A new law will result in abusers of paramedics and other emergency health professionals to receive twice the maximum sentence for assault or battery.
The Assaults on Emergency Workers (Offences) Bill doubles the sentence from 6 to 12 months in prison for assaulting an emergency worker – which includes police, prison officers, custody officers, fire service personnel, search and rescue services and emergency health professionals.
‘Physical assaults remain a fact of life for many health care workers, from A&E to community services. This bill is the first step towards changing that for good. From now on, anyone who wilfully assaults a health care worker will feel the full force of the law and can expect a tougher sentence if found guilty,’ said Kim Sunley, Royal College of Nursing national officer.
‘But this is not the end of the fight. These attacks do not happen in a vacuum, and improved staffing levels, properly funded services and better support from employers would help further mitigate the risk that too many health care staff run day in, day out.’
In the past year, there were approximately 17,000 assaults on NHS staff.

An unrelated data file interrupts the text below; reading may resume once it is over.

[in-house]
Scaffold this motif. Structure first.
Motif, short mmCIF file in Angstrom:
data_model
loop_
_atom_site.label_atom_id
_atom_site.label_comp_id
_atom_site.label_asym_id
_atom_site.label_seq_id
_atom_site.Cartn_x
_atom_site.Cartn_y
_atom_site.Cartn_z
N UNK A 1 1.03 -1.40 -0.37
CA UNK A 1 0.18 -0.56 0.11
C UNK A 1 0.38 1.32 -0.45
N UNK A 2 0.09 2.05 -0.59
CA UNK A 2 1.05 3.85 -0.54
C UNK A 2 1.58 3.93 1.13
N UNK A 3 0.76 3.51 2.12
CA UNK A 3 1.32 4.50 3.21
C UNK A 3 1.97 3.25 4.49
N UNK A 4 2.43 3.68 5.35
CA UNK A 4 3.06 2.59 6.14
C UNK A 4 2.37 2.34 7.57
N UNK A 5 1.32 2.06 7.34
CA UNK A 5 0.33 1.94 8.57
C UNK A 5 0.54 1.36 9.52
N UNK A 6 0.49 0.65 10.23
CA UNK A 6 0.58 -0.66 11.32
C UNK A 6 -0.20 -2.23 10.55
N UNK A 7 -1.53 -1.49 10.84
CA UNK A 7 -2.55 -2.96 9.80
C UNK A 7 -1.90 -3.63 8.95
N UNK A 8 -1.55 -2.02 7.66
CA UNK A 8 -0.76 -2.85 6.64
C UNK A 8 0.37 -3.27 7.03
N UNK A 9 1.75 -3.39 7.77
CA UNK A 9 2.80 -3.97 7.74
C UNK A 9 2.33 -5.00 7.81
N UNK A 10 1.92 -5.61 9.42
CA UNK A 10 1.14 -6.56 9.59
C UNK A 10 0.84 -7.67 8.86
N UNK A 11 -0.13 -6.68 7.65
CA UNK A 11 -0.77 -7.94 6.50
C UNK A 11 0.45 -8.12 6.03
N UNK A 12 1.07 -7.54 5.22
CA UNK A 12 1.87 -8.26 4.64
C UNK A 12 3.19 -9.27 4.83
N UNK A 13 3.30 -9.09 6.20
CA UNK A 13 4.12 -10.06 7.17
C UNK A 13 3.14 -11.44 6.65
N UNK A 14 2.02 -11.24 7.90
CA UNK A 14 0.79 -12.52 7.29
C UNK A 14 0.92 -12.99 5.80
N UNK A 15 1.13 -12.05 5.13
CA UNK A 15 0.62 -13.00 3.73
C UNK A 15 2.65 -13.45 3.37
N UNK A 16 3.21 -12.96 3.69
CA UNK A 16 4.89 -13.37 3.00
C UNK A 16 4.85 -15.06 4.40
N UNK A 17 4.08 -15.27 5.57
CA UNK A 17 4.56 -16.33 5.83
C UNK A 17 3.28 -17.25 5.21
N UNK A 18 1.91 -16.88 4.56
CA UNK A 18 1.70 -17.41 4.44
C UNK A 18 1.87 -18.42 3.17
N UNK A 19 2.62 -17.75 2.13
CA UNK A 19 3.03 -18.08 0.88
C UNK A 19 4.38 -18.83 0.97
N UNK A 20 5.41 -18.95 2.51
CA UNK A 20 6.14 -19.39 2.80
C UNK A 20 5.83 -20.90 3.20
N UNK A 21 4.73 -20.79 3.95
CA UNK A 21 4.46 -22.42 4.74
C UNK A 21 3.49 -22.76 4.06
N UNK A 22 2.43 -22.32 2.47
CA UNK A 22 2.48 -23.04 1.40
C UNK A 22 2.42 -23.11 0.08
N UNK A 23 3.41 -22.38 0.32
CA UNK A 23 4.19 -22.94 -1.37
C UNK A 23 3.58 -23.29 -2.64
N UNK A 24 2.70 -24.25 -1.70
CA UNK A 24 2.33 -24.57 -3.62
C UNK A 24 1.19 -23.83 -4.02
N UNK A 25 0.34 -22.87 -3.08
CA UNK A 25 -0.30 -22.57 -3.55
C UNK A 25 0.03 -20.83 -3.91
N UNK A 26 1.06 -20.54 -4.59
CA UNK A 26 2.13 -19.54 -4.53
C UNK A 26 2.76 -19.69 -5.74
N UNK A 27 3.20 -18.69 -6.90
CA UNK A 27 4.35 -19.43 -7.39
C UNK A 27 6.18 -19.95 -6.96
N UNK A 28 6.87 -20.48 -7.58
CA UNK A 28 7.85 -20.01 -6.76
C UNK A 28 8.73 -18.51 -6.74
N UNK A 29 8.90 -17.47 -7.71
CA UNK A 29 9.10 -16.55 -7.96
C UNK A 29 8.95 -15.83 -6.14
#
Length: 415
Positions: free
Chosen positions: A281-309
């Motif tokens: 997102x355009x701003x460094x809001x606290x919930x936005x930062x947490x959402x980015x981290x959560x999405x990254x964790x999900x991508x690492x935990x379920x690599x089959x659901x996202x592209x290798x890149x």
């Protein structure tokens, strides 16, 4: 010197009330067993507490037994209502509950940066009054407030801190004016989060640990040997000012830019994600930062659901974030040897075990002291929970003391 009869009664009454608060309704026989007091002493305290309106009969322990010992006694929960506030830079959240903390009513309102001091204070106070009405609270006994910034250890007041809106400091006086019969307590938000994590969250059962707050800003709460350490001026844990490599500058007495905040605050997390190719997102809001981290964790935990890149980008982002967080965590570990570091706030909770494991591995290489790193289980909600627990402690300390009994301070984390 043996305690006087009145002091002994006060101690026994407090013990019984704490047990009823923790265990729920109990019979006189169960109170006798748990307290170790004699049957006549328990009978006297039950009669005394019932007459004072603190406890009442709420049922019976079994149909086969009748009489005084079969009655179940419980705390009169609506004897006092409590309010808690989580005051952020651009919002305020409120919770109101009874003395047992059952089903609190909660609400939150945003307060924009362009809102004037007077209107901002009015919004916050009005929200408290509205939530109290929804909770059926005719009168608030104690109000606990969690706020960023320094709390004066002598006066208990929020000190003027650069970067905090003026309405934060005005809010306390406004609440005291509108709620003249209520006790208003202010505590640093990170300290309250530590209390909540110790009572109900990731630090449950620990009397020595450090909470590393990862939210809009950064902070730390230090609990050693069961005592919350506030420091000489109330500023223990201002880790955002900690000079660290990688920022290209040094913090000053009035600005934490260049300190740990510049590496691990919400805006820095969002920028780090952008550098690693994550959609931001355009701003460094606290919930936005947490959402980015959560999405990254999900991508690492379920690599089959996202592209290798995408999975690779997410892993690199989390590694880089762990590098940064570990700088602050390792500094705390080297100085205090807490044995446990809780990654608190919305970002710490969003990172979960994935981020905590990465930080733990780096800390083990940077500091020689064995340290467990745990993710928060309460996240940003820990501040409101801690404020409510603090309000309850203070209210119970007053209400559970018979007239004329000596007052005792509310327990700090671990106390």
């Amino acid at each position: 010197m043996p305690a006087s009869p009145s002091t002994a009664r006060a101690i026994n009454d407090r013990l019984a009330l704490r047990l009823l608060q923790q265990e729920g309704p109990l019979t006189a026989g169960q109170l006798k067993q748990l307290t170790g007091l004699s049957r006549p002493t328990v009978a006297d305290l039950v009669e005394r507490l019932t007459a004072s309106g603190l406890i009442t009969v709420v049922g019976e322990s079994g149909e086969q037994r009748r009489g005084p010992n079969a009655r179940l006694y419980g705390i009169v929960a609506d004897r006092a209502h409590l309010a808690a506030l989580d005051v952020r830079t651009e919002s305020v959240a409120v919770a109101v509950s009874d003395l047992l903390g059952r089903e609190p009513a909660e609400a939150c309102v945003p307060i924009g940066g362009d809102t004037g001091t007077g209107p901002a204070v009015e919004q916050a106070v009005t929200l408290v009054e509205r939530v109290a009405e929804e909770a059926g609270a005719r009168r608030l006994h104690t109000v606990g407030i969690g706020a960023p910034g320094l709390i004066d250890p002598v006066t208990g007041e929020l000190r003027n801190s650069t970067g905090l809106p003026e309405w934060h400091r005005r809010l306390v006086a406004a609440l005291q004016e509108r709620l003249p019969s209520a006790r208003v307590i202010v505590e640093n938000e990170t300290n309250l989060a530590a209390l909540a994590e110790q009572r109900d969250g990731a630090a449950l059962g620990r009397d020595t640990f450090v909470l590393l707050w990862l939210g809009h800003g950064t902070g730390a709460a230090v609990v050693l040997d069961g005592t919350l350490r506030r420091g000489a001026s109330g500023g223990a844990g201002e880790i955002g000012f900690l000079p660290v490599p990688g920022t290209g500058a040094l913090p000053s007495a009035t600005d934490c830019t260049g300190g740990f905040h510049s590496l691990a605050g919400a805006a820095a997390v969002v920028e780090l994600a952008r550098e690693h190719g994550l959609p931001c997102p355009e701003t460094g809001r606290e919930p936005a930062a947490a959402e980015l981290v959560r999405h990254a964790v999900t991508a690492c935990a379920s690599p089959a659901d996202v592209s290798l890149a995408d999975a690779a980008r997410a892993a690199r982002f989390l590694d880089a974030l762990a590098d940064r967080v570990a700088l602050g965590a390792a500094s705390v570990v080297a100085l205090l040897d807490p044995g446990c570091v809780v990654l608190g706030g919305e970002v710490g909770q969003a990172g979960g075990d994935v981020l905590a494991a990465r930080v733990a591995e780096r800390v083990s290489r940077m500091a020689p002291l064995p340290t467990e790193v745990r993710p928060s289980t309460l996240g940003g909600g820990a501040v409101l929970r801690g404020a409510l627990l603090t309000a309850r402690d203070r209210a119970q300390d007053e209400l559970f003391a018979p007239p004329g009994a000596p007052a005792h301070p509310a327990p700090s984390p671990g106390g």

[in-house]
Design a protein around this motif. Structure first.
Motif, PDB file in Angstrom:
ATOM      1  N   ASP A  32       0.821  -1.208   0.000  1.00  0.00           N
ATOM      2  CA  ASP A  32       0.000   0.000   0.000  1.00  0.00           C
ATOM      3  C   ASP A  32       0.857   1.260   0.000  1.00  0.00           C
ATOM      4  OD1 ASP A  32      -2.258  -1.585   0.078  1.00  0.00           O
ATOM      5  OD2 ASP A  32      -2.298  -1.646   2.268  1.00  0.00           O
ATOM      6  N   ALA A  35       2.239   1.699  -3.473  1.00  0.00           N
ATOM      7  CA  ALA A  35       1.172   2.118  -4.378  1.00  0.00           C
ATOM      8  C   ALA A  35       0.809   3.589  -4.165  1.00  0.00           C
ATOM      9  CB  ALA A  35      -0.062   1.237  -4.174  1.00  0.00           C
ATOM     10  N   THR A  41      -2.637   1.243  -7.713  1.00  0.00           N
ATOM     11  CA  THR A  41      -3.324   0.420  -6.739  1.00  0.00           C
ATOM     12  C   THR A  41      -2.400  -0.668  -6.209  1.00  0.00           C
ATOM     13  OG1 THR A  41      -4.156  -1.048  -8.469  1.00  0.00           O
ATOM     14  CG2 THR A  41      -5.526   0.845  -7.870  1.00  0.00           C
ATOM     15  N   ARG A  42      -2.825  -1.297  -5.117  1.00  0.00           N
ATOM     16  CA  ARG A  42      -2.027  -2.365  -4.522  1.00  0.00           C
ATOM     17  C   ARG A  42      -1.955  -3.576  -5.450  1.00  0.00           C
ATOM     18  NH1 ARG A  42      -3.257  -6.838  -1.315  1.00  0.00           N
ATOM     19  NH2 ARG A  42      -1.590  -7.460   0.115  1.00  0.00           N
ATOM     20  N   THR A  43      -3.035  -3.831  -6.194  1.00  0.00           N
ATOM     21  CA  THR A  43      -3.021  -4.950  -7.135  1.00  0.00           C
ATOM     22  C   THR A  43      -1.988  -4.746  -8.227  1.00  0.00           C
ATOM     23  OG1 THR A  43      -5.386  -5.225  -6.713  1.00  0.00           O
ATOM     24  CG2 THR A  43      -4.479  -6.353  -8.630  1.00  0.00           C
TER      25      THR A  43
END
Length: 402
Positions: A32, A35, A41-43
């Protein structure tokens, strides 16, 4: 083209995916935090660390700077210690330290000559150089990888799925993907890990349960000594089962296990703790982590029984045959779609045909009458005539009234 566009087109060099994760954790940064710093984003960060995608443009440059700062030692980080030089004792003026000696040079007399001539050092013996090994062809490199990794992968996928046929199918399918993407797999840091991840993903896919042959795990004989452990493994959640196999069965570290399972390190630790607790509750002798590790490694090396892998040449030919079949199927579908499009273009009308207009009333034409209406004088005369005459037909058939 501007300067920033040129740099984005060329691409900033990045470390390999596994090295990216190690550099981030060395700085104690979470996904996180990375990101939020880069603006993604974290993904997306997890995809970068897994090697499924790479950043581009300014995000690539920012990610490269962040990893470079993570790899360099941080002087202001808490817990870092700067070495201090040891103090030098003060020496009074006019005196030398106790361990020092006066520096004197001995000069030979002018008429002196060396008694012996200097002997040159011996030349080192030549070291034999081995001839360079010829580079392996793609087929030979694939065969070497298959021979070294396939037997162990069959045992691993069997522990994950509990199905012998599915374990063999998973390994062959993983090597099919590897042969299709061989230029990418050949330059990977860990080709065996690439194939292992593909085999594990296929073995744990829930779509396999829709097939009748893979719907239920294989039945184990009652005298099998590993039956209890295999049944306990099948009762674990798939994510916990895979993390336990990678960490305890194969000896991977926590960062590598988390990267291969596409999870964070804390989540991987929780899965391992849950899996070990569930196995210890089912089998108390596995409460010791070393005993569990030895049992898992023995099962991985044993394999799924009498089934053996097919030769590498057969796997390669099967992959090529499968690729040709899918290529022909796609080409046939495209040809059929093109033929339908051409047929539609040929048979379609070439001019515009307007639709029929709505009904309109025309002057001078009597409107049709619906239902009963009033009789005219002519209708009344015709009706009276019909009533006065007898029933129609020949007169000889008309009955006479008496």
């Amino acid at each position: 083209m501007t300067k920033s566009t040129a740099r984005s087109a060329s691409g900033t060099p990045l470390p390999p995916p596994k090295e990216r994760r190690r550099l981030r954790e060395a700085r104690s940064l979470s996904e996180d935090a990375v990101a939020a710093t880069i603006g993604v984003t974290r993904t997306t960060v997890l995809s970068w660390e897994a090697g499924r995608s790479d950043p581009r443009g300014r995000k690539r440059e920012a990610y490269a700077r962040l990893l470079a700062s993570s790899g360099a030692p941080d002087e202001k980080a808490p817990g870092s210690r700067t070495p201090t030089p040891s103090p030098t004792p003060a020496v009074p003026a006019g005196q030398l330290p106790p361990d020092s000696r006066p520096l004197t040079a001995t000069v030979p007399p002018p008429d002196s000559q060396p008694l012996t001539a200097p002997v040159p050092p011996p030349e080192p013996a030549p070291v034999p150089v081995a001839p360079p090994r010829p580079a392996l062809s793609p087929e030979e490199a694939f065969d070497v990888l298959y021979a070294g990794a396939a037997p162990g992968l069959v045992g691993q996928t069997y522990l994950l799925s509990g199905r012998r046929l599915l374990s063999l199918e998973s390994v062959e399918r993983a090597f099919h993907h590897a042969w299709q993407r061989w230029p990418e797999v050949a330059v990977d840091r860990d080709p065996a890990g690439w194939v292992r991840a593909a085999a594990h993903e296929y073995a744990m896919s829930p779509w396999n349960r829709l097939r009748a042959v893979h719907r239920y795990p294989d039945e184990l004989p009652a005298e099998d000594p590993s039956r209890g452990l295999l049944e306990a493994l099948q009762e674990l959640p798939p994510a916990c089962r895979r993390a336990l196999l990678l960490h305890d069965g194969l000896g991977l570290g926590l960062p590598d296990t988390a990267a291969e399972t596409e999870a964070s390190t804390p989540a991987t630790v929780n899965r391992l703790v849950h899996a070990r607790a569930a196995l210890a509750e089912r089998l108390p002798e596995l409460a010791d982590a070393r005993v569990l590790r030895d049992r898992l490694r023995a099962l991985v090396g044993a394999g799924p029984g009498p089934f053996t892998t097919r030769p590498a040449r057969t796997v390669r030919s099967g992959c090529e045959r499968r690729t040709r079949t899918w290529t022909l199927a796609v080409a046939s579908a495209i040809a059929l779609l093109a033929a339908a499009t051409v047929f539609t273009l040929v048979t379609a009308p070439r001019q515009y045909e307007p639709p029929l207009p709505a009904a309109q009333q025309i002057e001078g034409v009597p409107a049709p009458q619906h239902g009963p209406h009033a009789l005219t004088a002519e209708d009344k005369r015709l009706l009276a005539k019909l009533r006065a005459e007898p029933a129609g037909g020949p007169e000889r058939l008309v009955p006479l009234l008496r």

Health professionals covered by the bill include all nursing staff employed to deliver NHS funded care, including those in the independent sector such as practice nurses.
The new legislation allows judges to consider tougher sentences for various crimes, such as gross bodily harm and sexual assault, if the victim is an emergency worker.
‘Assaulting prison officers or any emergency worker is not just an isolated attack – it represents violence against the public as a whole,’ said Justice Minister Rory Stewart.
‘Every day these public servants do extraordinary work on our behalf, and they must be able to do it without the fear of being assaulted.’ ‘Our message is clear – we will protect our emergency services and violence towards them will not be tolerated.’